For better or for worse, Amazon sells more books than anyone. In an attempt to prevent writers from buying bogus reviews (a practice that at one time was prevalent), Amazon has strict review policies. One of their rules is that a review cannot be paid for. If you’re given a book for free, you’re supposed to state that in your review. If Amazon’s records show you purchased the book from them, they’ll give it their “Verified Purchase” seal of approval. But if you didn’t buy it there, they reserve the right to remove/refuse your review.
You’re not allowed to “swap” reviews. That is, you can’t agree with a fellow author to review one another’s books. Of course that happens all the time — being an author, I know a lot of authors, and I’ve reviewed some of their books and they’ve reviewed mine. But if Amazon gets a whiff of your relationship, they can take down a review you posted of a friend’s book.
Though every author loves having others praise their work, getting Amazon reviews isn’t just a matter of pride. The more reviews you have, the more your book sells as people read the reviews and think, “all these readers can’t be wrong.” Also, the more reviews you get, the more Amazon recommends that book on their site. I believe the magic is supposed to start happening once you get 10 reviews. (Which is why I’m a bit frustrated that The Last Toqeph has been stuck at 9 reviews for months now.)
And then there are the paid reviewers, like the much-vaunted Kirkus. You can spend several hundred dollars on a paid review, but all that gets you is the right to use a quote from your great Kirkus review on your promotional materials. You can’t post it to Amazon, and you can’t use it to pay your electric bill.
The fact is, I don’t put much thought or effort into book promotion. I don’t track sales (other than to record the few bucks that are automatically deposited into my checking account each month). I don’t try to figure what marketing effort brings the greatest ROI (return on investment), seeing as how nothing seems to bring much return. (But then, I don’t invest much.) I pretty much do what I can without going broke and/or knocking myself out over it, and let come what may.
For that reason, when I saw a message on one of the Goodreads authors’ forums on which I lurk, I took notice. One of these organization that produces paid reviews (“like Kirkus” is the way it was worded) was running a contest in which they would give five winners a free review. “A $300 value!” (Or whatever the quoted cost was — I don’t remember the number for sure.) I took a closer look, and, seeing no danger involved in entering, I gave it a shot and then forgot about it.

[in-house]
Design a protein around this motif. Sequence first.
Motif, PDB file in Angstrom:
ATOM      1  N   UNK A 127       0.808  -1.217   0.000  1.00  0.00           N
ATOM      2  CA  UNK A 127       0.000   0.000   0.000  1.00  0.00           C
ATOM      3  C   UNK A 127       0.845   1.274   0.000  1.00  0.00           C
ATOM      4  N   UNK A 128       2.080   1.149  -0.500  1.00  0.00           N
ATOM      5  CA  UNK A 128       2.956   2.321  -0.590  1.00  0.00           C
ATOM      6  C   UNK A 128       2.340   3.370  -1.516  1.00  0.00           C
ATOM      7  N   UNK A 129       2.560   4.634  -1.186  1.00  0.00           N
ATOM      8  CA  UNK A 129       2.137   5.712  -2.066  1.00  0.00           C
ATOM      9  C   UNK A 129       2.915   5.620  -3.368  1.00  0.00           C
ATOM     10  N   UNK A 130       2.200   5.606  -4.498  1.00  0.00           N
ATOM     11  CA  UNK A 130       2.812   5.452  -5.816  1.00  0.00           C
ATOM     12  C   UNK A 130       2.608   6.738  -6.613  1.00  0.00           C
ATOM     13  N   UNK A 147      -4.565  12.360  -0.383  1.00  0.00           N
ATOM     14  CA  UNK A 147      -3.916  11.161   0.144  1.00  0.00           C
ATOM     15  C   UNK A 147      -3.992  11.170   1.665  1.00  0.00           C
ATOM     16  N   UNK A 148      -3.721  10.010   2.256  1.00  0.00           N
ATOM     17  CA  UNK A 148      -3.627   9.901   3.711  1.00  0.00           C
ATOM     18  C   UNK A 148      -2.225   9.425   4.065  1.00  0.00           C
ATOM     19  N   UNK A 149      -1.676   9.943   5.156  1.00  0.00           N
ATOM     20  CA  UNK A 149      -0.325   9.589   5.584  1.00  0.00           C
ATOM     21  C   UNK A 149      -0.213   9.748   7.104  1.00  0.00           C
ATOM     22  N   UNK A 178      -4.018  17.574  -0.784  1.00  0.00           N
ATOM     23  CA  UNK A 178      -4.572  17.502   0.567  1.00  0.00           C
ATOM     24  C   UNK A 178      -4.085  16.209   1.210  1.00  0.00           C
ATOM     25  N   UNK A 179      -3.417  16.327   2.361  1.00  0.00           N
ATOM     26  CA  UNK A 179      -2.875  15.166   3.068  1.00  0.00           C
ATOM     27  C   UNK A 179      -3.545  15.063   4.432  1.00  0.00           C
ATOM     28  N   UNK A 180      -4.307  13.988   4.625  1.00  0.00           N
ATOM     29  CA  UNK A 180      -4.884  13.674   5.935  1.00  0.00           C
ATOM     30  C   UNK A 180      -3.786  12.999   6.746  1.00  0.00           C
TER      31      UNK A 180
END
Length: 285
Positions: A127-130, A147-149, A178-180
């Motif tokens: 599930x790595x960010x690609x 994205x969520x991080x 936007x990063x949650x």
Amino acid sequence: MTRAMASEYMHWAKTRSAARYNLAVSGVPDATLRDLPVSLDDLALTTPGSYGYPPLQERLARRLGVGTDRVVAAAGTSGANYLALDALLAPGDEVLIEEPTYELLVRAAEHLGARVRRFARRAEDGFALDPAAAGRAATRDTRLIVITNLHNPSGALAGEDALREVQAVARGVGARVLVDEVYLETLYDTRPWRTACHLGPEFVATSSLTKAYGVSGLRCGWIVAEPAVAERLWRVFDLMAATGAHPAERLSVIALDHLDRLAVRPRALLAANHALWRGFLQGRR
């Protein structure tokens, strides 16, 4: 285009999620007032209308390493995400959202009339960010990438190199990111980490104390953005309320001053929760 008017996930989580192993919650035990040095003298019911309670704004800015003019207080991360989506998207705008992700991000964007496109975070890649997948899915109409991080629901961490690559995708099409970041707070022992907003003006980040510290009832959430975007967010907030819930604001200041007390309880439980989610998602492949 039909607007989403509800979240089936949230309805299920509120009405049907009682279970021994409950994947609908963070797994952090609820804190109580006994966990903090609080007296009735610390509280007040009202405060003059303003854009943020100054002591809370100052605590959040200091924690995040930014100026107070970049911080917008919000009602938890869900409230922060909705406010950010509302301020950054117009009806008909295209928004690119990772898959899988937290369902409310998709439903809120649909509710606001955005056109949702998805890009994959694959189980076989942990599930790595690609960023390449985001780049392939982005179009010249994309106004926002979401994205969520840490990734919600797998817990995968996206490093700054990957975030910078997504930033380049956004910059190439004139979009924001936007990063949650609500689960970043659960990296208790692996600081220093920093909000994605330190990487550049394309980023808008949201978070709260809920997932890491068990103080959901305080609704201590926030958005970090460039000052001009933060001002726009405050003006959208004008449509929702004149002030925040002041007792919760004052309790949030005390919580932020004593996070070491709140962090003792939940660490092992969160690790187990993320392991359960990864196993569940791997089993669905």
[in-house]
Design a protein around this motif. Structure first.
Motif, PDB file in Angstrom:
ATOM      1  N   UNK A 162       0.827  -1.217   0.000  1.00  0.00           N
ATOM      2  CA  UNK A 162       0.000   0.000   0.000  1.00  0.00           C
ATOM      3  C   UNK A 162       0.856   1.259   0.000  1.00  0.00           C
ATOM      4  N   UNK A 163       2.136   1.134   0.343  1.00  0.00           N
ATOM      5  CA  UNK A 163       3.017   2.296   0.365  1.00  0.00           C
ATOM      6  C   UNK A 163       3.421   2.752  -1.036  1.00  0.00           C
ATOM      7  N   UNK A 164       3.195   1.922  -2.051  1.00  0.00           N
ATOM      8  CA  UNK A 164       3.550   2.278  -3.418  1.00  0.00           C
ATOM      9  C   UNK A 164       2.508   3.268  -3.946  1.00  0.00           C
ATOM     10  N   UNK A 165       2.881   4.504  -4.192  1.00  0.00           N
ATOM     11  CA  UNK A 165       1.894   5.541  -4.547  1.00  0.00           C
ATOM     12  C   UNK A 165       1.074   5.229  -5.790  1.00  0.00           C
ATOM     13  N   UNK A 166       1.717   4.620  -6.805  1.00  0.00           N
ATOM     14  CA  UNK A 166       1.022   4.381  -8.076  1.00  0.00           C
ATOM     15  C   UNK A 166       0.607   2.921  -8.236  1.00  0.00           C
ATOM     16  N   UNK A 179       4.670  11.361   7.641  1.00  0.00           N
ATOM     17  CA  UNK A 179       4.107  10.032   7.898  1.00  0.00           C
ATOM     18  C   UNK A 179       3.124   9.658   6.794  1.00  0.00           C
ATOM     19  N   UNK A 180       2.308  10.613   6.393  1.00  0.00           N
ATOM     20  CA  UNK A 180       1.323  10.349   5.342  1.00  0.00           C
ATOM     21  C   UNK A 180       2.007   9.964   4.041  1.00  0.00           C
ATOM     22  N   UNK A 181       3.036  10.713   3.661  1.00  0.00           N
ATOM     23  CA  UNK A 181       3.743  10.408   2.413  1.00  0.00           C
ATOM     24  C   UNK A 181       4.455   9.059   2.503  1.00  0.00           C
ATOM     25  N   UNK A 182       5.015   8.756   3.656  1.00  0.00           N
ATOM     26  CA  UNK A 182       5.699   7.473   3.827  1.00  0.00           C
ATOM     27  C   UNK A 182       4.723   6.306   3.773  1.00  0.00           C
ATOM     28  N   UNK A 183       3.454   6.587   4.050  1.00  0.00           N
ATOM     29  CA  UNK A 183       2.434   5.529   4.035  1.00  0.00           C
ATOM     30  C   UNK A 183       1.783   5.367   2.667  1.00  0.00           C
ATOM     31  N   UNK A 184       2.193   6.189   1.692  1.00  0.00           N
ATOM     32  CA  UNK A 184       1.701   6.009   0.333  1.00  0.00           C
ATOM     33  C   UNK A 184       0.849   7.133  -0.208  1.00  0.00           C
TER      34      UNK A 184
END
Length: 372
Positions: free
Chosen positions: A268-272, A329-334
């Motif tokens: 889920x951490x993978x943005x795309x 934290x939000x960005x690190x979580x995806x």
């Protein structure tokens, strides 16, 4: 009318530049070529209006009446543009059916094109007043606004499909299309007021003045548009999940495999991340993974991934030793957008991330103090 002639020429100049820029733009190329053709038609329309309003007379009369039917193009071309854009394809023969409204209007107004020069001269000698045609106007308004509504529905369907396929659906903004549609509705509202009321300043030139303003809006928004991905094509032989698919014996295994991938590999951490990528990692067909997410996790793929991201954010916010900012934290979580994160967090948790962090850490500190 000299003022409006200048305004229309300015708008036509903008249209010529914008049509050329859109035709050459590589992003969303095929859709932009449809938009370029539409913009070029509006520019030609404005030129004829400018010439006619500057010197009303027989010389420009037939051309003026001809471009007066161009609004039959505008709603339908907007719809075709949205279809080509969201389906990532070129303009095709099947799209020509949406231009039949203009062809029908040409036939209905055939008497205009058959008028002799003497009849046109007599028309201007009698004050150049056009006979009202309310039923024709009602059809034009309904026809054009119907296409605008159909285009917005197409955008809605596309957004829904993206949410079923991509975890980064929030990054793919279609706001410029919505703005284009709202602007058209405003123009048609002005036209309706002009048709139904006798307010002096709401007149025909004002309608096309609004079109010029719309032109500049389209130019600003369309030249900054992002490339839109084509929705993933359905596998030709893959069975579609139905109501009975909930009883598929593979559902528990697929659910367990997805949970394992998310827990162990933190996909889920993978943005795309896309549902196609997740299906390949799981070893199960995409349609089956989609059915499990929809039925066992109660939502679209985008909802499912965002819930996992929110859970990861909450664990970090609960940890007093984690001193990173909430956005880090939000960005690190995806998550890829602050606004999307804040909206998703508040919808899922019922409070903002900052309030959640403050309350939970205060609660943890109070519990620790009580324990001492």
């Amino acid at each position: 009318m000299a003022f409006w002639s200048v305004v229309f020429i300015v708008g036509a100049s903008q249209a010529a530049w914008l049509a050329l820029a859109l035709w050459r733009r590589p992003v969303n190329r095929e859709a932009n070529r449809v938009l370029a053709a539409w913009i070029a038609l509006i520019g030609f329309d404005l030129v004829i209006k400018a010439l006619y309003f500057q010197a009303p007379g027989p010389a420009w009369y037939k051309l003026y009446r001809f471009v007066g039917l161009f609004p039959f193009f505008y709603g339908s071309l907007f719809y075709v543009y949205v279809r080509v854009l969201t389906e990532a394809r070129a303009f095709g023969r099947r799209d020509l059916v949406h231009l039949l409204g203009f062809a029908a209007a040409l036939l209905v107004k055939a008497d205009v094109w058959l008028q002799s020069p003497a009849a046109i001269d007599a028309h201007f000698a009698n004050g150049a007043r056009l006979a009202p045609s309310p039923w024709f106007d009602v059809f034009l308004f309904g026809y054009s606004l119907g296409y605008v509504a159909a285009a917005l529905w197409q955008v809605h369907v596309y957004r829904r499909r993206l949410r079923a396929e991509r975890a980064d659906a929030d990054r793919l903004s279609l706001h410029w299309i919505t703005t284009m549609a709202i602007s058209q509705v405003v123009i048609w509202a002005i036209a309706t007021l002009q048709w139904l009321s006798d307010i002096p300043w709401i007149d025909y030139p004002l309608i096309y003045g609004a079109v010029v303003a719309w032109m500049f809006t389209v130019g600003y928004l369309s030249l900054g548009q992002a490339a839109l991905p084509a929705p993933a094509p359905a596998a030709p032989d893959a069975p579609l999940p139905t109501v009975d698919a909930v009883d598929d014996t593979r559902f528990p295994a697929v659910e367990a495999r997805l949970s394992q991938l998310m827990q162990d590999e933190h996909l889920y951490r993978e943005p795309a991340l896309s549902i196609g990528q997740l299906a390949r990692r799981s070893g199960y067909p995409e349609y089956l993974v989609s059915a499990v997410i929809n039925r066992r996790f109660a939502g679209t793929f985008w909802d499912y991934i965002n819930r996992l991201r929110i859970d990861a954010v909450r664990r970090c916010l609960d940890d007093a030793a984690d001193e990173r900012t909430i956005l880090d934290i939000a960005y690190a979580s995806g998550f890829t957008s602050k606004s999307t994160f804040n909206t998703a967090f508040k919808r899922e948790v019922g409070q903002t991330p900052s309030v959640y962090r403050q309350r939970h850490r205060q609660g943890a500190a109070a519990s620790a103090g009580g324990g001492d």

But a couple weeks later, I received notice that I’d won a free review from Entrada. Huh? Oh, yeah, I entered that contest, didn’t I? Hmmm… pretty suspicious. I never win anything. Even more suspicious? Someone else on that Goodreads forum said he entered and won. Is it a case where five people entered, so everyone won? Adding to the sense of unease, if you google Entrada in general or Entrada Reviews in particular, this organization doesn’t show up on the first page of results. (It comes up if you search for Entrada Book Reviews, but I didn’t include the word “book” when I did my initial search.)
My unfounded guess based on nothing in particular? It’s probably a start-up company whose internet presence and reputation in the publishing world is not yet established, and this contest is a way to get their name out there. So let’s give them the benefit of the doubt. Especially since they asked for no money from me — not for entering, and not for winning.
The only thing I was asked to send them was my ebook (so the reviewer could read it), a headshot and short biography — a typical request. As I sent the book file, it occurred to me they might try to sell the book on the black market or something, but who cares? My purpose in writing it was to allow people to read it, not to make money. So even black market sales will further my purpose.
So I sent what they asked for, and they delivered what they promised. Their review of The Story in the Stars is live on their site. It’s a good review — I’m happy with it. And I can use it (or excerpts therefrom) on my Amazon author page, my Goodreads page, or on any promotional materials I create.
I’m still not sure how reputable it is for a company to charge big bucks for reviews. But since I got this one for free, I’ll try to figure out how to use it. Gotta get my money’s worth, don’t ya know.